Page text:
Category: news

The Story of Henrietta Lacks: A Lesson in Biology and Ethics

Editor's note: We posted this a couple of years ago, but in light on the historic agreement between the family of Henrietta Lacks and National Institutes of Health, we thought it worthy of re-posting. Also read Carl Zimmer's great piece in the New York Times. The post has been slightly changed from the ...

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More than 100 Genetic Variations Associated with Leukemia Treatment Response

Treatment advances have dramatically increased the cure rate for acute lymphoblastic leukemia (ALL), the most common diagnosed cancer in children, from less than 10% in the 1960’s to more than 80%. But even in those children who are cured, the response to treatment varies from patient to patient. For ...

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Miss Con-GENE-iality

If Facebook is starting to take over your life, maybe your genes are partly to blame. Researchers from UC San Diego and Harvard University have shown that certain aspects of a person’s social network – how many people consider that person a friend, the likelihood that two of a person’s friends are ...

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Thinking Outside the Box: Bacterial Genetics and the Peopling of the Pacific

Not all bacteria are bad.  Sure, there are plenty of nasty bugs that can make life pretty unpleasant; the ones that cause leprosy, anthrax, and cholera immediately come to mind. But there are also plenty of beneficial bacteria living inside of us that we may not even know about. Some of them help us ...

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JAMA Publishes User’s Guides to Help Physicians Understand Genetic Association Studies

It’s a situation that would leave many physicians at a loss. A 55-year-old man with a family history of dementia asks his doctor about genetic testing for Alzheimer’s disease. Is there a test? Which test should be used? Is testing even appropriate? This week the Journal of the American Medical ...

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No Good Evidence That Potential Pool of Mad Cow Disease Victims Is Expanding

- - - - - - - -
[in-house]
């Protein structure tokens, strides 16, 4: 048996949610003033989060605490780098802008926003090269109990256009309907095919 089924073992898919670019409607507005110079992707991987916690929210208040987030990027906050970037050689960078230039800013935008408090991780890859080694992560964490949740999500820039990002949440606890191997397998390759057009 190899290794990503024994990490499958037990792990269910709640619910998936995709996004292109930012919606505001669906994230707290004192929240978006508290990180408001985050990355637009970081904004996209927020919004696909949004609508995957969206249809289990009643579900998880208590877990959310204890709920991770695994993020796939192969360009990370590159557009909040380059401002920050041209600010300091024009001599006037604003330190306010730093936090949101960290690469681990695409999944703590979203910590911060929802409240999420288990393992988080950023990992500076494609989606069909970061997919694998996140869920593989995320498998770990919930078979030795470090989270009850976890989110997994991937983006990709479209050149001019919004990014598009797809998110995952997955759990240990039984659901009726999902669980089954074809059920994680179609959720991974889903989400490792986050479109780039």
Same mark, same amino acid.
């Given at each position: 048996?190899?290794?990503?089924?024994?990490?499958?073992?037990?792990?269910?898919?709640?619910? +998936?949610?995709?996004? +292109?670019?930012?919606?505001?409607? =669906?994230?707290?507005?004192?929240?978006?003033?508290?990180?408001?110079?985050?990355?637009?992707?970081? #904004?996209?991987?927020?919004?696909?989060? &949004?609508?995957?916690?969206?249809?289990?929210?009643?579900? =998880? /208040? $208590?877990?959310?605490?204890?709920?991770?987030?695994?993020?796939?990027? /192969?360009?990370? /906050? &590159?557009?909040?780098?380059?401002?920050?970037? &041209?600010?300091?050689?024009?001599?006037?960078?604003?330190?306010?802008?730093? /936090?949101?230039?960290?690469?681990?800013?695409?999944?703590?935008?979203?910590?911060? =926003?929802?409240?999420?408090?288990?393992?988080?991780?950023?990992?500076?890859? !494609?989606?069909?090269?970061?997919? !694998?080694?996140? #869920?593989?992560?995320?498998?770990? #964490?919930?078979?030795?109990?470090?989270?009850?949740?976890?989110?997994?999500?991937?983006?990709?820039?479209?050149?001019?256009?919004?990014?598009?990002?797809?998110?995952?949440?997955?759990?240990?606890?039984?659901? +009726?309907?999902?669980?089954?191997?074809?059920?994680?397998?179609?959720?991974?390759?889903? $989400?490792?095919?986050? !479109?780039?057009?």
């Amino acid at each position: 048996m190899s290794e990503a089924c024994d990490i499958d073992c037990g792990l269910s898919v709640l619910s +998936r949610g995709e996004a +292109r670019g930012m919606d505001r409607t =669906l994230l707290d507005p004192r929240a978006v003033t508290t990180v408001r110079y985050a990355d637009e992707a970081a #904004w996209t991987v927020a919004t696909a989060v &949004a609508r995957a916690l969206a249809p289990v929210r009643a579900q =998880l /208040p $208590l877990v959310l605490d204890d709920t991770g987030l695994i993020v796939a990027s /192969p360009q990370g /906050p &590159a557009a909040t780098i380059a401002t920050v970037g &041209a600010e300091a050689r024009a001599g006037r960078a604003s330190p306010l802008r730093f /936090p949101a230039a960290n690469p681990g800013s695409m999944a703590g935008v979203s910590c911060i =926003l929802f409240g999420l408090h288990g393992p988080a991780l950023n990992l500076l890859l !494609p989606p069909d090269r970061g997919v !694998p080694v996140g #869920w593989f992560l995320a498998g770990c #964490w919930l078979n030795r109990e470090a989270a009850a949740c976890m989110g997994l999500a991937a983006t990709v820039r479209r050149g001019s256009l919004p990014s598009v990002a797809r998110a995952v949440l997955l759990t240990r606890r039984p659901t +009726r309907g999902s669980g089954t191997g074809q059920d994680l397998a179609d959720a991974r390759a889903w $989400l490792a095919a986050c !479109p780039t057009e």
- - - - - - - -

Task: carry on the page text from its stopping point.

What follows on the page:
It sounds like something from a nightmare: decades after eating a tainted hamburger you develop an incurable, fatal disease that literally eats holes in your brain. Unfortunately, for some people this is a nightmare that is all too real. In the 1990s a small number of people in the UK developed a variant ...

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Reading Between the Lines: An Unlikely Use for Mitochondrial DNA Analysis

At the Spittoon we love to hear how scientists are using our DNA to unlock the mysteries of our ancestors.  In fact, hardly a week goes by when we don’t report on the latest discovery in the field of genetic ancestry. Occasionally, however, researchers manage to uncover some mystery of the human past using ...

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Mouse Research Indicates Effect of a SNP in Humans Might Depend on Diet

New research in mice suggests that people who get lucky and inherit a genetic variant that has been shown to reduce the risk of type 2 diabetes are not totally in the clear. What they eat could turn the protective variant into a risky one. PPARG is a protein involved in fat storage. The relatively rare ...

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Meet the Team: Chia Hwu

Chia, a former organic chemist who is happy to be out of the lab after a ten-year stint in front of a bench, is the Community Manager at 23andMe. What does this mean, you ask? Well, it's a cross between a den mother, grassroots PR person, customer service agent, brand evangelist and community advocate. This ...

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Three New Surveys from 23andWe Ask New Kinds of Questions

Since 23andWe debuted in May, we've asked our customers about all sorts of things: their hair color, earwax consistency, whether they tend to look on life's bright side. Sometimes people have been surprised to learn that something like your susceptibility to motion sickness — or even which way the hair swirls ...

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